Originally, Quilts of Valor was a program that only gave quilts to veterans of the conflicts in Iraq and Afghanistant. In 2009, Perreault said, Roberts, the founder, was at a Vietnam veterans memorial event and, with no younger veterans present, she gave her quilts to Vietnam veterans who were deeply moved by the gesture of gratitude. 

“From then on, any warrior who had been touched by war, no matter when his or her service, could receive a quilt of valor, no questions asked,” Perreault said. 

“We cannot judge what being touched by war means to a veteran,” Perreault added. “It is different for each, depending on where or when they serve — a nurse at Landstuhl Air Force Base, Walter Reed or Topeka, Kansas, a nurse or medic at Dover preparing remains for burial, a general serving in the Pentagon, an infantry soldier serving in a war zone, in a humanitarian effort or down the street at the local armory.”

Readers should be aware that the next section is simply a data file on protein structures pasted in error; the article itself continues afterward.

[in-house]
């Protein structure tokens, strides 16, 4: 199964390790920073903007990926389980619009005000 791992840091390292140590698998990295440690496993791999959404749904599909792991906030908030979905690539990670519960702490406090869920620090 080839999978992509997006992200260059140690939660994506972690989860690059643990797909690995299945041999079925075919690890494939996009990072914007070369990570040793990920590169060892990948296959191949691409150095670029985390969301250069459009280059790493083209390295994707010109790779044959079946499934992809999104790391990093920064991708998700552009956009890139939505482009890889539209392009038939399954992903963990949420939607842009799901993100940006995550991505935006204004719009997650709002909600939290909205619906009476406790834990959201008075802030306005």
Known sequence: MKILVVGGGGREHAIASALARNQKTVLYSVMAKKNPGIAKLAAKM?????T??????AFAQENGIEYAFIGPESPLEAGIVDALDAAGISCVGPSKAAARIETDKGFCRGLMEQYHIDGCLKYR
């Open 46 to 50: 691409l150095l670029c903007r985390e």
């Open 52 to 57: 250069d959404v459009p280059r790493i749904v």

As the quilts were being prepared to be draped upon the two Orange veterans, Perreault read a poem, “It is the Veteran,” written by an unknown author: “It is the veteran, not the preacher, who has given us the freedom of religion. It is the veteran, not the reporter, who has given us the freedom of the press. It is the veteran, not the poet, who has given us freedom of speech. … And it is the veteran, willing to give his life to protect your freedoms and mine, whose casket will be covered by the flag.”

David McLellan joined the Greenfield Recorder in February of 2018, covering eastern Franklin County. He can be reached at dmclellan@recorder.com or 413-772-0261, ext. 268.